For the Love of Dank Falafel

I believe in the realness of things unspoken, the truth of things unquantified.
I believe in sparks – mystical, figurative, theoretical, invisible to the naked eye but familiar to the naked soul. I believe
In moments like these –
When we arrive in Jerusalem and tell all forty of you to close your eyes as you hold onto each other for support when you stroll off the bus.
We had closed the curtains on the bus, darkened the area to hype up Jerusalem’s light, though it needs no flattery or facades. You all stood there, ready to receive and perceive.

We told you about the meaning of Mt. Scopus’ name, Har HaTzofim, about how it stands for the way נפש יהודי צופיה, the Jewish soul anticipates. Beyond looking or seeing or observing, we yearn visually, imagine possibility beyond the reaches of our corneas. I watch you feel something. You’ve never been here, you’ve never
seen this or heard this explanation of Rav Kook’s ideology that seems so “classic” to me, a Modern Orthodox day school alum.
I see you standing still, moved.

On the one hand, I can’t explain your tearful outbursts or speechless awe. Why should you feel anything, besides perhaps an appreciation of the beauty of this landscape? It is a lovely overlook; but there is more to the way you’re looking over. We could be anywhere. But I do see your sparks.

I see the way you feel something you can’t justify or break down into an equation. The way this land speaks to you in whispers and gusts of refreshing wind. You wonder how to explain this to your friends back home, how to tell them about this new and ancient romance, without being dismissed as an idealistic, brainwashed

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product of the Jewish communal infrastructure’s investment in your enthusiasm about how really, this was like, totally the best trip everrr and how like, seriously, like, Israel is so amazing and the dank falafel is a bonus.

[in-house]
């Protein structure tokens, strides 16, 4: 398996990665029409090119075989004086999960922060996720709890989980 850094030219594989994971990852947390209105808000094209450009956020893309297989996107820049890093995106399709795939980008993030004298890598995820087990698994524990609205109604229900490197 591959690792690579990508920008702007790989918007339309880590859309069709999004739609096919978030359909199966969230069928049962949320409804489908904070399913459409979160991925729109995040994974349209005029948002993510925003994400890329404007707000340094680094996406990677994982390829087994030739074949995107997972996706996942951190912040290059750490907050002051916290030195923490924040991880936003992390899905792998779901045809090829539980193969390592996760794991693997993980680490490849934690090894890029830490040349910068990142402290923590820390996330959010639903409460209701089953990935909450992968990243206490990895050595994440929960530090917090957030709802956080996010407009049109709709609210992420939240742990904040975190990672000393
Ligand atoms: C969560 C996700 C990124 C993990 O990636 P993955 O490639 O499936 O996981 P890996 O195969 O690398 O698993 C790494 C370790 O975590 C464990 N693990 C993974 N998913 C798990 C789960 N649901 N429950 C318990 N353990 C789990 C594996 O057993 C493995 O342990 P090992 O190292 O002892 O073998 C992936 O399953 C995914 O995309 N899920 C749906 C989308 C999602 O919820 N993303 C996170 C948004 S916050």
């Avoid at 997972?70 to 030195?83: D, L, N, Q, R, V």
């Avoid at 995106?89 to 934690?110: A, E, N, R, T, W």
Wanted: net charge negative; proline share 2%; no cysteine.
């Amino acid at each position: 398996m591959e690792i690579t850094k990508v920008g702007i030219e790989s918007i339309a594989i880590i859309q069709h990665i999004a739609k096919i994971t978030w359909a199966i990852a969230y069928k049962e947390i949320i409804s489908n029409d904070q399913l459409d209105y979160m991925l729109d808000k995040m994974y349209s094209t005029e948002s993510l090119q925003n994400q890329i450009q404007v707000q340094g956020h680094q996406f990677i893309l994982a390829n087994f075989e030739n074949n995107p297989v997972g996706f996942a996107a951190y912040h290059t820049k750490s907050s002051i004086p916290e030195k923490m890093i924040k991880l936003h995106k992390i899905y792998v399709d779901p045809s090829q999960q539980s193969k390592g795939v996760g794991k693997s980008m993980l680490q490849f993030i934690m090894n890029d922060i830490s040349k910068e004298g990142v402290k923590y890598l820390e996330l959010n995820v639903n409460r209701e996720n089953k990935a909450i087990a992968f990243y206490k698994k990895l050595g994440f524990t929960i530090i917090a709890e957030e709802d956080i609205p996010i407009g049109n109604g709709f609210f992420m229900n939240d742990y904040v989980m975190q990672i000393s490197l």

You wonder how to convey that your soul glows here, gushing with vision. That you feel something real real real real real, and all you can articulate is “wow”, and all you can do is keep looking outward toward the Temple Mount.

Ours is the gift of vision. Of seeing what lies before us and beyond us, the blueprints in the distant vista, the past, present, and future at the ends of our fingertips. Ours is the legacy of צפיה לישועה, anticipation of salvation, manifested in the labor of love and looking forward.

I believe in the truth of Jews getting excited when they encounter something, that thing that resonates with them, even if they can’t explain it. I believe in the sensation of soulful stirrings, of spiritual striving. I believe it when I see it, though not with my retinas. Seeing is believing, and believing is seeing beyond.

Thank you for lending me your soul-eyes, to glance upon Jerusalem’s beauty, and to peer into something intangible and enduring. Your eyes were open all along.